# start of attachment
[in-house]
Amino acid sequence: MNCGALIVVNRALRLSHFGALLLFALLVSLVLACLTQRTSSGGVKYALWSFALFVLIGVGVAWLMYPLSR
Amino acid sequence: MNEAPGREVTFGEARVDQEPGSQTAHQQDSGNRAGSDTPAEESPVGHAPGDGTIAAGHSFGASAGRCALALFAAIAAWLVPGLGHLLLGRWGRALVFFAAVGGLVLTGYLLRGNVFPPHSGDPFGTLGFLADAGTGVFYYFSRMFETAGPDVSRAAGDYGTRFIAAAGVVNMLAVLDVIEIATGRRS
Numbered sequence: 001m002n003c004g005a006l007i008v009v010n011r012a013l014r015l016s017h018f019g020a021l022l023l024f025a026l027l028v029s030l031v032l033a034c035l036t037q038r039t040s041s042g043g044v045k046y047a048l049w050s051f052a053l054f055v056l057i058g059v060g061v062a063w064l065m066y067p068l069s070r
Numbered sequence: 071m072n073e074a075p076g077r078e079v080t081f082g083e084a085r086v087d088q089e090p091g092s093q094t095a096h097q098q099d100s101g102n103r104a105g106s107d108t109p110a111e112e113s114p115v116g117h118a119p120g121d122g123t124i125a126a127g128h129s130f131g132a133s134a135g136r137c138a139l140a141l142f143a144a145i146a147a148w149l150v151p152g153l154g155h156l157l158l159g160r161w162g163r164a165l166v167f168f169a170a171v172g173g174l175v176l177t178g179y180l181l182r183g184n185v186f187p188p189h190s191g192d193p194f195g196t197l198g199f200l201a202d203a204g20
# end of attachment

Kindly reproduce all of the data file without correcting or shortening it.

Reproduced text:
[in-house]
Amino acid sequence: MNCGALIVVNRALRLSHFGALLLFALLVSLVLACLTQRTSSGGVKYALWSFALFVLIGVGVAWLMYPLSR
Amino acid sequence: MNEAPGREVTFGEARVDQEPGSQTAHQQDSGNRAGSDTPAEESPVGHAPGDGTIAAGHSFGASAGRCALALFAAIAAWLVPGLGHLLLGRWGRALVFFAAVGGLVLTGYLLRGNVFPPHSGDPFGTLGFLADAGTGVFYYFSRMFETAGPDVSRAAGDYGTRFIAAAGVVNMLAVLDVIEIATGRRS
Numbered sequence: 001m002n003c004g005a006l007i008v009v010n011r012a013l014r015l016s017h018f019g020a021l022l023l024f025a026l027l028v029s030l031v032l033a034c035l036t037q038r039t040s041s042g043g044v045k046y047a048l049w050s051f052a053l054f055v056l057i058g059v060g061v062a063w064l065m066y067p068l069s070r
Numbered sequence: 071m072n073e074a075p076g077r078e079v080t081f082g083e084a085r086v087d088q089e090p091g092s093q094t095a096h097q098q099d100s101g102n103r104a105g106s107d108t109p110a111e112e113s114p115v116g117h118a119p120g121d122g123t124i125a126a127g128h129s130f131g132a133s134a135g136r137c138a139l140a141l142f143a144a145i146a147a148w149l150v151p152g153l154g155h156l157l158l159g160r161w162g163r164a165l166v167f168f169a170a171v172g173g174l175v176l177t178g179y180l181l182r183g184n185v186f187p188p189h190s191g192d193p194f195g196t197l198g199f200l201a202d203a204g20